"After emphasizing state power over industrial conflicts, the Court in the Thornhill opinion went on to say, at p. 104, that states may not `in dealing with the evils arising from industrial disputes . . . impair the effective exercise of the right to discuss freely industrial relations. . . .' This statement must be considered in its context. It was directed toward a sweeping state prohibition which this Court found to embrace `nearly every practicable, effective means whereby those interested — including the employees directly affected — may enlighten the public on the nature and causes of a labor dispute.' . . .
"Appellants also rely on Carpenters J. Union v. Ritter's Cafe, 315 U.S. 722 [62 S.Ct. 807, 86 L.Ed. 1143], and Bakery P. Drivers Helpers, I.B.T. v. Wohl, 315 U.S. 769 [62 S.Ct. 816, 86 L.Ed. 1178], decided the same day. Neither lends support to the contention that peaceful picketing is beyond legislative control. The Court's opinion in the Ritter case approvingly quoted a part of the Thornhill opinion which recognized broad state powers over industrial conflicts. In the Wohl case, the Court's opinion at p. 775 found no `violence, force or coercion, or conduct otherwise unlawful or oppressive' and said that `A state is not required to tolerate in all places . . . even peaceful picketing by an individual.' A concurring opinion in the Wohl case, at pp. 776-777, pointed out that picketing may include conduct other than speech, conduct which can be made the subject of restrictive legislation. No opinions relied on by petitioners assert a constitutional right in picketers to take advantage of speech or press to violate valid laws designed to protect important interests of society." ( Giboney v. Empire Storage Ice Co., 336 U.S. 490, 498 [69 S.Ct. 684, 93 L.Ed. 834].)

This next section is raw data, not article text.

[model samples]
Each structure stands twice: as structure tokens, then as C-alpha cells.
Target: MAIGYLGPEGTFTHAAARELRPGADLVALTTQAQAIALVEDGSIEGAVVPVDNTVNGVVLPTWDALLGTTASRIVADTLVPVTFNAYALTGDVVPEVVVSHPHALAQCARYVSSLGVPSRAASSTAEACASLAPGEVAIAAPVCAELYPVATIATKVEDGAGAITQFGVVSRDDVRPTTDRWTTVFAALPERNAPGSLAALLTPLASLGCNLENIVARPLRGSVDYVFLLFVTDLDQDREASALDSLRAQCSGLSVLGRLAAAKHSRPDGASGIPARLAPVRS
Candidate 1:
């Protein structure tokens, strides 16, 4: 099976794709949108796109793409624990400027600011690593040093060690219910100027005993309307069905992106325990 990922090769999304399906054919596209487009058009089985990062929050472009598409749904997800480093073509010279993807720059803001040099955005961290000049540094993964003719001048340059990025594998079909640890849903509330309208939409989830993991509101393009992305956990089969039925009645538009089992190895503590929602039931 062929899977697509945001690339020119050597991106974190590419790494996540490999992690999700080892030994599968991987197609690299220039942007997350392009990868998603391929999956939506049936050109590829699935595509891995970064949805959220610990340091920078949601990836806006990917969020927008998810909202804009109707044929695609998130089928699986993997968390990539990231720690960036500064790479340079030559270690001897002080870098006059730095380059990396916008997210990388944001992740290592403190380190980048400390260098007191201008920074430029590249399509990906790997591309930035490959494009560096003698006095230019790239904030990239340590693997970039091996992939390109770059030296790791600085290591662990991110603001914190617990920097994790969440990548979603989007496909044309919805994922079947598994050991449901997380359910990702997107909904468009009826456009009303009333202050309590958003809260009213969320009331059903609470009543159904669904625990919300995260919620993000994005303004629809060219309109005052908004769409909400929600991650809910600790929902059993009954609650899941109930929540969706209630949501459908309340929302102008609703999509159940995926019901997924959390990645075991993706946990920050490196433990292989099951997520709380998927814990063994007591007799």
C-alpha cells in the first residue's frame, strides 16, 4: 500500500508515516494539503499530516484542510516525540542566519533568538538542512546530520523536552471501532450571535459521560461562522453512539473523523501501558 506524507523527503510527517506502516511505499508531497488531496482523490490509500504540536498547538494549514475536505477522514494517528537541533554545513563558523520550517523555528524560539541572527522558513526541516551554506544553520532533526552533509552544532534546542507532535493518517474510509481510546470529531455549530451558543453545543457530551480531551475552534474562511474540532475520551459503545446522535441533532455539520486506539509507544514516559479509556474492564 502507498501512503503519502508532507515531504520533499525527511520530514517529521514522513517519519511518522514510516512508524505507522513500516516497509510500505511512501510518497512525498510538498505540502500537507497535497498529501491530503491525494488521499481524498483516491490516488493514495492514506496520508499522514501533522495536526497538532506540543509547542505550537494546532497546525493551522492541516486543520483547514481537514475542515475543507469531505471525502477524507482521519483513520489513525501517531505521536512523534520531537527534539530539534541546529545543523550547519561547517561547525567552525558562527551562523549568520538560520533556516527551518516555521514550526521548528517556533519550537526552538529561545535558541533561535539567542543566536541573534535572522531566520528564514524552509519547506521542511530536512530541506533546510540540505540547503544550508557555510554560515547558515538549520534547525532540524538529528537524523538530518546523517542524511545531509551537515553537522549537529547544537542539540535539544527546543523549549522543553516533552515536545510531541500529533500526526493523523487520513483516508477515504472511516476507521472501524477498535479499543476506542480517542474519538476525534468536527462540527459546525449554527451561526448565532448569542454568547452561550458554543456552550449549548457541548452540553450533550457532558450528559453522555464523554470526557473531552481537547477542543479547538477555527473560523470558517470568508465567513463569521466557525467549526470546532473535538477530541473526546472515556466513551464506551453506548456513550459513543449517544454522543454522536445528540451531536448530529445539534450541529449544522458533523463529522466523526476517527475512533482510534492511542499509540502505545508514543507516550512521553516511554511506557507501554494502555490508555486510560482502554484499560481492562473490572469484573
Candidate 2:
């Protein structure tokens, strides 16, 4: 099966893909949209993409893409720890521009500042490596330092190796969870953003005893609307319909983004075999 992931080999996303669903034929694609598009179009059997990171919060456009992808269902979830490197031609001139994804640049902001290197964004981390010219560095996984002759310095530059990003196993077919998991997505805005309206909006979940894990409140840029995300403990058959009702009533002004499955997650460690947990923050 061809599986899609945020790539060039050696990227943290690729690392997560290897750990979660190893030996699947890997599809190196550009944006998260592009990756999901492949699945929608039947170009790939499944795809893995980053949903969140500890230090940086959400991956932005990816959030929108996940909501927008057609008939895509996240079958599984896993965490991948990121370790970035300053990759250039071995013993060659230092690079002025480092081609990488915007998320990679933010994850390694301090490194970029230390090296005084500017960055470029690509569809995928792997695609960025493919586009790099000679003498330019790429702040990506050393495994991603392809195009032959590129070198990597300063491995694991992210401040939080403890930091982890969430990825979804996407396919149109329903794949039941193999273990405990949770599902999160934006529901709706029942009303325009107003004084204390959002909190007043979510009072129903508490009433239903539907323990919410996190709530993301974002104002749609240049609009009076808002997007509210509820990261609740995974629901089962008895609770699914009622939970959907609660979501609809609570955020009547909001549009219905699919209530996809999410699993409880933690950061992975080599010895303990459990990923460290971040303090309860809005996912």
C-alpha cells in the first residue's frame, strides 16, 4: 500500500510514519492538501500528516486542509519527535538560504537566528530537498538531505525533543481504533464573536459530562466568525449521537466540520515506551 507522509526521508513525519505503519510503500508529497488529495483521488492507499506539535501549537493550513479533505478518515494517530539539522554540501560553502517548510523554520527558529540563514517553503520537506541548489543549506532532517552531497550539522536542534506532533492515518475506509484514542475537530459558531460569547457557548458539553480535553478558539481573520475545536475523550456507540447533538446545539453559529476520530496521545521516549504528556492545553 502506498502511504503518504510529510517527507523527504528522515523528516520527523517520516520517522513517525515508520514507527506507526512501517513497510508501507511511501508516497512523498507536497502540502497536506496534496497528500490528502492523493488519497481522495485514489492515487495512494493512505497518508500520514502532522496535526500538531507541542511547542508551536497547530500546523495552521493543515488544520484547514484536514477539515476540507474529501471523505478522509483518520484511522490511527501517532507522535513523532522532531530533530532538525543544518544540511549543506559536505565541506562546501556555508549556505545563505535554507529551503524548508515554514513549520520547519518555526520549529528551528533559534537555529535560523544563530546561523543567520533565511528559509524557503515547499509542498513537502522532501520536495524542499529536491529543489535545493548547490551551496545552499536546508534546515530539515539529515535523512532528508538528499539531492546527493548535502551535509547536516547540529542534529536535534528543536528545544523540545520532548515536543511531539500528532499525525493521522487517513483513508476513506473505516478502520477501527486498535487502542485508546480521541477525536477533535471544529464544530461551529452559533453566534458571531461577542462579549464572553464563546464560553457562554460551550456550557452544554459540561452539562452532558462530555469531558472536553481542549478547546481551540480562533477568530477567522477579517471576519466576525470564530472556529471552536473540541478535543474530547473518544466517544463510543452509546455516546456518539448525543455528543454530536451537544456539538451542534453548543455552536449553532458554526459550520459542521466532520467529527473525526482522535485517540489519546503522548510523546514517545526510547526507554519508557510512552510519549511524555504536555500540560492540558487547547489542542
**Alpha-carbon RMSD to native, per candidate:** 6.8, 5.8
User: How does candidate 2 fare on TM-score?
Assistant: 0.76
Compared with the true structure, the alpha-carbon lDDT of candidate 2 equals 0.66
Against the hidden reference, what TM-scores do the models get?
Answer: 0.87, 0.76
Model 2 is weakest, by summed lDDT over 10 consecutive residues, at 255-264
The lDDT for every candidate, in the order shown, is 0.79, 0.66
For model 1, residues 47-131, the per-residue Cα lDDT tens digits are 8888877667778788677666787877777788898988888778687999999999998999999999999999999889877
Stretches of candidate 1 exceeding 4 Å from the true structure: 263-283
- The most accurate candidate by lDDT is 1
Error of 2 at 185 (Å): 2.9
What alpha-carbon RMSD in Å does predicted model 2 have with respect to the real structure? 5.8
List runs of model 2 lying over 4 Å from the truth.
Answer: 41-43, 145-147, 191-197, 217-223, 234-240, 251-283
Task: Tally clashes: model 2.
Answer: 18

The Giboney case was followed by Hughes v. Superior Court, 339 U.S. 460 [70 S.Ct. 718, 94 L.Ed. 985], where the California court was upheld in enjoining Negroes from picketing a store to enforce a demand that it hire a proportionate number of Negroes on the ground that it was picketing to compel racial discrimination, which was against the court declared public policy of the state. Four justices agreed with the opinion written by Justice Frankfurter and Justices Black, Minton and Reed concurred on the ground the case was controlled by the Giboney case. Justice Douglas did not participate. It was again pointed out that picketing is not free from any restraint even though having aspects of communication, stressing its coercive features.
Next came Building Service Emp. Intl. Union v. Gazzam, 339 U.S. 532 [70 S.Ct. 784, 94 L.Ed. 1045]. There in a suit for damages by a hotel owner employer, the employer had refused to sign a closed shop contract with a union because his employees at an election had declined to join the union, and for him to sign would violate a Washington statutory policy forbidding him to coerce his employees' choice of representative. Peaceful picketing followed and the Washington court gave damages and injunctive relief. The Supreme Court of the United States affirmed, holding that there was no violation of the free speech guaranty. After pointing out that picketing may be restricted, the court said: "The public policy of any state is to be found in its constitution, acts of the legislature, and decisions of its courts. `Primarily it is for the lawmakers to determine the public policy of the State.' . . .